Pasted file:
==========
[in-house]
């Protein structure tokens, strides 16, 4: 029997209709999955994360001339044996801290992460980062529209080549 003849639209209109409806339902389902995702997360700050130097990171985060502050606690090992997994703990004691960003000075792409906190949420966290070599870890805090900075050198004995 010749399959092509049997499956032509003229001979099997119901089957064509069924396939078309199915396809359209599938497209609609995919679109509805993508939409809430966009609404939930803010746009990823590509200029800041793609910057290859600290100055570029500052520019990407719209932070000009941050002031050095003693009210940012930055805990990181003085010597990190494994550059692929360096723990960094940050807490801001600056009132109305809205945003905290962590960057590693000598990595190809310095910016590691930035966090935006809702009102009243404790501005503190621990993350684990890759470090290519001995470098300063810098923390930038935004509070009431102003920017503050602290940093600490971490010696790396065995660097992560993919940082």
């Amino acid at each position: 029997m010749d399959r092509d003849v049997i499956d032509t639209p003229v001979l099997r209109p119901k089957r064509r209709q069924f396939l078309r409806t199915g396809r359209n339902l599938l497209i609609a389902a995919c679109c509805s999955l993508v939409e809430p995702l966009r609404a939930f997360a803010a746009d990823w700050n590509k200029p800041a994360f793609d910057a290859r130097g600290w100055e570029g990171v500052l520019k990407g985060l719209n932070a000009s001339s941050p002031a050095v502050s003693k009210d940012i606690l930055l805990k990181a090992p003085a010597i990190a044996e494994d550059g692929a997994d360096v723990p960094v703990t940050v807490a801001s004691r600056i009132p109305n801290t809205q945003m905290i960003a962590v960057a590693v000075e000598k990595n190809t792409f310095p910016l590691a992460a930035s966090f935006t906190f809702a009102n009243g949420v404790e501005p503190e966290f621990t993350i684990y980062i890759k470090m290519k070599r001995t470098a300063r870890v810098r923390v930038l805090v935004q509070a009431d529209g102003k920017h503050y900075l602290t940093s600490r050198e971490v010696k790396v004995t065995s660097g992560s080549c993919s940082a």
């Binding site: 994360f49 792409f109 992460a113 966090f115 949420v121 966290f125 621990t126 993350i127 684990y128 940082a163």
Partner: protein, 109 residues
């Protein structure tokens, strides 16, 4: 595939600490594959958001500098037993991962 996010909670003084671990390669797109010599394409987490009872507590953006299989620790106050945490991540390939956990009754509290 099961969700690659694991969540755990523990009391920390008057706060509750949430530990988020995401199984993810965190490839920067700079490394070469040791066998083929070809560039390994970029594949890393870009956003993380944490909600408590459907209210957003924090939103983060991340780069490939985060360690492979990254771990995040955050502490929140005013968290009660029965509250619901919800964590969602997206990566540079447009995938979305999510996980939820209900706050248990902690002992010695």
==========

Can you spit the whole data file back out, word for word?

[in-house]
């Protein structure tokens, strides 16, 4: 029997209709999955994360001339044996801290992460980062529209080549 003849639209209109409806339902389902995702997360700050130097990171985060502050606690090992997994703990004691960003000075792409906190949420966290070599870890805090900075050198004995 010749399959092509049997499956032509003229001979099997119901089957064509069924396939078309199915396809359209599938497209609609995919679109509805993508939409809430966009609404939930803010746009990823590509200029800041793609910057290859600290100055570029500052520019990407719209932070000009941050002031050095003693009210940012930055805990990181003085010597990190494994550059692929360096723990960094940050807490801001600056009132109305809205945003905290962590960057590693000598990595190809310095910016590691930035966090935006809702009102009243404790501005503190621990993350684990890759470090290519001995470098300063810098923390930038935004509070009431102003920017503050602290940093600490971490010696790396065995660097992560993919940082």
């Amino acid at each position: 029997m010749d399959r092509d003849v049997i499956d032509t639209p003229v001979l099997r209109p119901k089957r064509r209709q069924f396939l078309r409806t199915g396809r359209n339902l599938l497209i609609a389902a995919c679109c509805s999955l993508v939409e809430p995702l966009r609404a939930f997360a803010a746009d990823w700050n590509k200029p800041a994360f793609d910057a290859r130097g600290w100055e570029g990171v500052l520019k990407g985060l719209n932070a000009s001339s941050p002031a050095v502050s003693k009210d940012i606690l930055l805990k990181a090992p003085a010597i990190a044996e494994d550059g692929a997994d360096v723990p960094v703990t940050v807490a801001s004691r600056i009132p109305n801290t809205q945003m905290i960003a962590v960057a590693v000075e000598k990595n190809t792409f310095p910016l590691a992460a930035s966090f935006t906190f809702a009102n009243g949420v404790e501005p503190e966290f621990t993350i684990y980062i890759k470090m290519k070599r001995t470098a300063r870890v810098r923390v930038l805090v935004q509070a009431d529209g102003k920017h503050y900075l602290t940093s600490r050198e971490v010696k790396v004995t065995s660097g992560s080549c993919s940082a």
């Binding site: 994360f49 792409f109 992460a113 966090f115 949420v121 966290f125 621990t126 993350i127 684990y128 940082a163």
Partner: protein, 109 residues
């Protein structure tokens, strides 16, 4: 595939600490594959958001500098037993991962 996010909670003084671990390669797109010599394409987490009872507590953006299989620790106050945490991540390939956990009754509290 099961969700690659694991969540755990523990009391920390008057706060509750949430530990988020995401199984993810965190490839920067700079490394070469040791066998083929070809560039390994970029594949890393870009956003993380944490909600408590459907209210957003924090939103983060991340780069490939985060360690492979990254771990995040955050502490929140005013968290009660029965509250619901919800964590969602997206990566540079447009995938979305999510996980939820209900706050248990902690002992010695």